Friday, 12 January 2007

Abolition debate for Taiwan in 2007

Taiwan's Ministry of Justice has announced that during 2007 it would encourage debate about abolishing the death penalty, including a program of research, seminars and public hearings across the country.

The China Post reported that the ministry would encourage the public to think about and debate the issues, according to Chang Chi-yun, the director of the ministry's Department of Prevention, Rehabilitation and Protection.

Chang said the ministry would encourage members of the public to participate in hearings in northern, central and southern Taiwan during the year.

He said he had also met with members of groups opposed to the death penalty and family members of the victims of crime.

The ministry would also commission research into the issue from the Crime Research Center of the National Chung Cheng University, Chung said.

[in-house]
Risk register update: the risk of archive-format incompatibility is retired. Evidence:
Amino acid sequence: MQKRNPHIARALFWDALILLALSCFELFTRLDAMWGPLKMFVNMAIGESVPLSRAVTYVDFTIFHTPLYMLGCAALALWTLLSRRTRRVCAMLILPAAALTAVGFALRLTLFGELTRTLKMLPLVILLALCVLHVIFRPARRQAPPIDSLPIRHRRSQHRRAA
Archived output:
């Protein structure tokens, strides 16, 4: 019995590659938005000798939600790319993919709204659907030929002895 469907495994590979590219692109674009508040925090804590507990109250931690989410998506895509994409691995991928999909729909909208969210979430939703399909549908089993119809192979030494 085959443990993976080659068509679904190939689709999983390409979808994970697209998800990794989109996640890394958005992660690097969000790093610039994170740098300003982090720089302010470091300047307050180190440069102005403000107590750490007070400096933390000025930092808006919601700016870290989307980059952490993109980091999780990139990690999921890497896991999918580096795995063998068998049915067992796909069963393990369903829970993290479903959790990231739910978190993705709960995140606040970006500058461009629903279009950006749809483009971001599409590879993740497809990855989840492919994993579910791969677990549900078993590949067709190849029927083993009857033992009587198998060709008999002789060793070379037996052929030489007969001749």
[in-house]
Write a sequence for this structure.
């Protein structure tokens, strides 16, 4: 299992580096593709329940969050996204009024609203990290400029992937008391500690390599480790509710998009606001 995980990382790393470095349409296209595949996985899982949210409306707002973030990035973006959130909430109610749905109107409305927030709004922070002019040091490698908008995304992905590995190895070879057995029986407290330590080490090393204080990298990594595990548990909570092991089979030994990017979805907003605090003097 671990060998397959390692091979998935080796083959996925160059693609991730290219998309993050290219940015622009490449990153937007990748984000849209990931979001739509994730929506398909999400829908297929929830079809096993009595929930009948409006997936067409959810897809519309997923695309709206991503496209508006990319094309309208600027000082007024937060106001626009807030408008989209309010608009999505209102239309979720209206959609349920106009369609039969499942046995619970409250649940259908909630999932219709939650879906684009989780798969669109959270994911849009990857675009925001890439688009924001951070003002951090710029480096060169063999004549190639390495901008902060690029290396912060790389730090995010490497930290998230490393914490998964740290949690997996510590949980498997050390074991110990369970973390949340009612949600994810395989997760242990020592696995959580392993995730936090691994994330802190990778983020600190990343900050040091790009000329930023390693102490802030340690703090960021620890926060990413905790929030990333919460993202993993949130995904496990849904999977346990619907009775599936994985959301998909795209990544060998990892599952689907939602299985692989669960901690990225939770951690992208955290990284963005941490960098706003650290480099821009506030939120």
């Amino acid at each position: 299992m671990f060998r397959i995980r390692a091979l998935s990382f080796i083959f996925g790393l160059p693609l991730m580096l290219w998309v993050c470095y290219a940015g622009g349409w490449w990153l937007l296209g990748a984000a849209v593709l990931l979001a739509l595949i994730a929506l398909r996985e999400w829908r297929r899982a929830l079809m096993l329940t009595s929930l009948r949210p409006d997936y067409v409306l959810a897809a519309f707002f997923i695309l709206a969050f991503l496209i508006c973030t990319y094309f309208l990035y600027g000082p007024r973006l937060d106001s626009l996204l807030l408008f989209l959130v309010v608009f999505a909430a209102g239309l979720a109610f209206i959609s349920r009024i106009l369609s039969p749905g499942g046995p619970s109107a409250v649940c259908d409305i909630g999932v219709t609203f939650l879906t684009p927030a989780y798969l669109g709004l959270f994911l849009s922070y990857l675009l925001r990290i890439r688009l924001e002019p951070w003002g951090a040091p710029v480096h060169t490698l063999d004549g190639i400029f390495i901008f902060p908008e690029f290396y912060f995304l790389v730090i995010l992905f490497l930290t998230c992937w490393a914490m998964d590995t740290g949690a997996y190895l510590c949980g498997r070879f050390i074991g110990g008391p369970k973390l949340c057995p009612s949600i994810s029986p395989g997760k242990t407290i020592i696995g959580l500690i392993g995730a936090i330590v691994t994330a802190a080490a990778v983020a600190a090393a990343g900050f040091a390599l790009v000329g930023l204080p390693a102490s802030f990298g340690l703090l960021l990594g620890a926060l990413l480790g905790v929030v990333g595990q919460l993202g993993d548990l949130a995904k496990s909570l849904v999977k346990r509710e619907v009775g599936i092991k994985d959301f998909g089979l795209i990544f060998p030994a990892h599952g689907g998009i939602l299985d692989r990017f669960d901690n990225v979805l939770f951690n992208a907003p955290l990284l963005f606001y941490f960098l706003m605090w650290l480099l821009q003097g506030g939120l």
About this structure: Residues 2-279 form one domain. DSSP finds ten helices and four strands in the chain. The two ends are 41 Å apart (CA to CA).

Gradual move
In February 2006, Justice Minister Morley Shih said the government was moving towards abolition of the death penalty. But he said a majority of people believed it was needed as a deterrent against crime.

According to a report in the Taipei Times, he said the Ministry of Justice had filed extraordinary appeals to the Supreme Court in an effort to delay the execution of some prisoners.

Where the Supreme Court had rejected these appeals, the MOJ had also attempted to stay the executions.

Last month Amnesty International condemned the final approval for the execution of Chong Deshu, issued by the Ministry of Justice just three weeks after the Justice Minister said execution was "not the answer" to crime. (ADP story here.)

Following the approval, the Taiwan Alliance to End the Death Penalty (TAEDP) made an urgent application to the Supreme Prosecutors' Office to review documents relating to Chung's case.

Related stories:
Taiwan: Death penalty benefit an 'illusion' -- 14 December 2006
Taiwan working towards abolition? -- 21 February 2006

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